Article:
Medical Pharmacology Chapter 33-34: Anticancer Drugs
Hormonal Anticancer Drugs:
A number of different classes of hormonal agents may be used in cancer therapeutics or in chemoprevention.3,1
such as: Tamoxifen 5, Nolvadex, Soltamox)
Tamoxifen acts by binding competitively at estrogen receptors on tumors as well as other tissue targets.
This agent is classified as a "selective estrogen receptor modulator (SERM).
Tamoxifen-estrogen receptor binding inhibits translocation as well as nuclear binding of the estrogen receptor.3
As a result, both transcriptional and post-transcriptional activities influenced by this receptor are changed.3
Tamoxifen administration results in cell concentration in the G0 and G1 phases, suggesting that tamoxifen is not cytocidal but rather cytostatic.5
Selective estrogen receptor modulators (SERMs), such as tamoxifen, upon binding to the estrogen receptor can promote estrogenic or antiestrogenic effects, depending on the target organ.1
Tamoxifen is considered the most widely examined antiestrogenic drug employed in breast cancer treatment.1
However, tamoxifen does exhibit estrogenic, agonist activity on non-breast tissue.
Newer, novel antiestrogen drugs have been developed that promise both improved efficacy with reduced toxicity relative to tamoxifen.
These antiestrogens have been classified as either tamoxifen analogs (e.g. toremifene (Fareson); "fixed-ring" agents (e.g. raloxifene (Evista), lasofoxifene (Fablyn) or agents that are pure antiestrogens (SERD, Selective Estrogen Receptor Degrader, an example of which is fulvestrant (Faslodex).1
Following oral administration, tamoxifen is easily absorbed.
Peak plasma levels are obtained in about 5 hours.1
Steady-state tamoxifen concentrations may be demonstrated in about weeks.
Metabolism involves mainly the cytochrome P450 drug metabolizing system, more particular certain isoforms, namely CYP3A4 and CYP3A5 along with CYP2D6.1
Cytochrome P450 enzymes promote formation of N-desmethyl tamoxifen (CYP3A4 and CYP3A5); whereas, formation of the metabolite 4-hydroxytamoxifen is catalyzed mainly by CYP2D6.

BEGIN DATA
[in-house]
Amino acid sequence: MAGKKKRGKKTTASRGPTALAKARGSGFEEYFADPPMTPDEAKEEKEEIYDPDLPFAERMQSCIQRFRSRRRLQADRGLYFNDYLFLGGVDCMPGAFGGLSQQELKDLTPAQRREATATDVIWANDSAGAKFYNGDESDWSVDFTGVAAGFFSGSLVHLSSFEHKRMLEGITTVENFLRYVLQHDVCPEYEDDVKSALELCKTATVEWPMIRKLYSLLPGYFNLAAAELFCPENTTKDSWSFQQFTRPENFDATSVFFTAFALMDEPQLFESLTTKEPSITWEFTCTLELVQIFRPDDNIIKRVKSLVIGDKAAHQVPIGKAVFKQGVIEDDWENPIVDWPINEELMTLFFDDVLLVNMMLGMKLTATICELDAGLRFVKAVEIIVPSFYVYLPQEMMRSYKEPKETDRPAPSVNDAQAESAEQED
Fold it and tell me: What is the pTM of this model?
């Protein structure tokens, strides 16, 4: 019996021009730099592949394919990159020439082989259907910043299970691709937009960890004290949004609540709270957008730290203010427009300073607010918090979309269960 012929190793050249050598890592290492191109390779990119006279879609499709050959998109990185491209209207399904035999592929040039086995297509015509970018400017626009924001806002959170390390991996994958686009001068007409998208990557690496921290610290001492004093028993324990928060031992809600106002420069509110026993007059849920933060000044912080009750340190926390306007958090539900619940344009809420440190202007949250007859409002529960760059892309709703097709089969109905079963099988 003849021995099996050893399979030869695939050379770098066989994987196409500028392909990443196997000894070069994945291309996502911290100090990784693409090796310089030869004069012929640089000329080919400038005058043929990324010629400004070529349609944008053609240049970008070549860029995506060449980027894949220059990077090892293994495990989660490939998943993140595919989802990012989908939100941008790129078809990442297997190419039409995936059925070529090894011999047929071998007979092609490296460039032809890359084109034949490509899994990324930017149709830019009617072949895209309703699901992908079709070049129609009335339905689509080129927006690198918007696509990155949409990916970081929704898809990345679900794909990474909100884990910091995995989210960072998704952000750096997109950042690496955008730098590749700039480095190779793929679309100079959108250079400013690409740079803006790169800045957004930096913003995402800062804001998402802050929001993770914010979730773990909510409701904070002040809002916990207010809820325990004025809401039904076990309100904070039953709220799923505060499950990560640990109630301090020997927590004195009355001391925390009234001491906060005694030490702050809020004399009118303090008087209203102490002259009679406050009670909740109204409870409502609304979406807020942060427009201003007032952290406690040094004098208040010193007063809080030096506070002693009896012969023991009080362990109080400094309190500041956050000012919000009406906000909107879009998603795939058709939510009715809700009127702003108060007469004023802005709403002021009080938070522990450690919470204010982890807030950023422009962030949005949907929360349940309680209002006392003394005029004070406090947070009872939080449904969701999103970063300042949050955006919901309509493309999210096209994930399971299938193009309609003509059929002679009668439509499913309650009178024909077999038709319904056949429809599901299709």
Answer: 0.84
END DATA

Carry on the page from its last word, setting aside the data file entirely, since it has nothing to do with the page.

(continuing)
These two metabolites may be further transformed to another active metabolite, 4-hydroxy-N-desmethyltamoxifen (endoxifen).1,9
Tamoxifen metabolism involves enterohepatic circulation1
Enterohepatic circulation describes primarily biliary acid, bilirubin, and drug circulation from the liver to the bile with subsequent entry into the small intestine, followed by enterocyte absorption and subsequent transport back to the liver.
Following enterohepatic circulation glucuronides (phase II metabolism) and other metabolites or excreted in the feces.
Limited urinary excretion is noted. CYP2D6 polymorphisms which reduces enzymic activity has been considered as a clinical issue since such polymorphisms might reduce plasma levels of important, therapeutically active metabolites (e.g. endoxifen and 4-hydroxy tamoxifen).
At this time (2016) this polymorphism has not been clearly linked to decreased tamoxifen treatment efficacy.1,10
Similarly, some drugs that inhibit CYP2D6 were evaluated as possibly reducing tamoxifen efficacy in breast cancer; however, relatively recent studies (2016) have not demonstrated a clinical impact.1,10
Tamoxifen administration results in both beneficial and harmful side effects.3
An example of a beneficial effect associated with tamoxifen administration is a reduction in total cholesterol and retention of bone densities in postmenopausal patients.
By contrast, in premenopausal women tamoxifen reduces bone density.
The most frequently observed side effect due to tamoxifen administration is hot flashes which occurs in about 50% of treated individuals.3
Varying intensities and hot flash duration tend to stabilize following the first three months of therapy.
Although high-dose estrogen is effective in treating breast cancer, side effects, particularly thromboembolism resulted in development of other drugs.
An agent initially developed for use in oral contraception, tamoxifen, exhibited anticancer efficacy and metastatic breast cancer in the 1970s, several years after its initial synthesis in 1966.2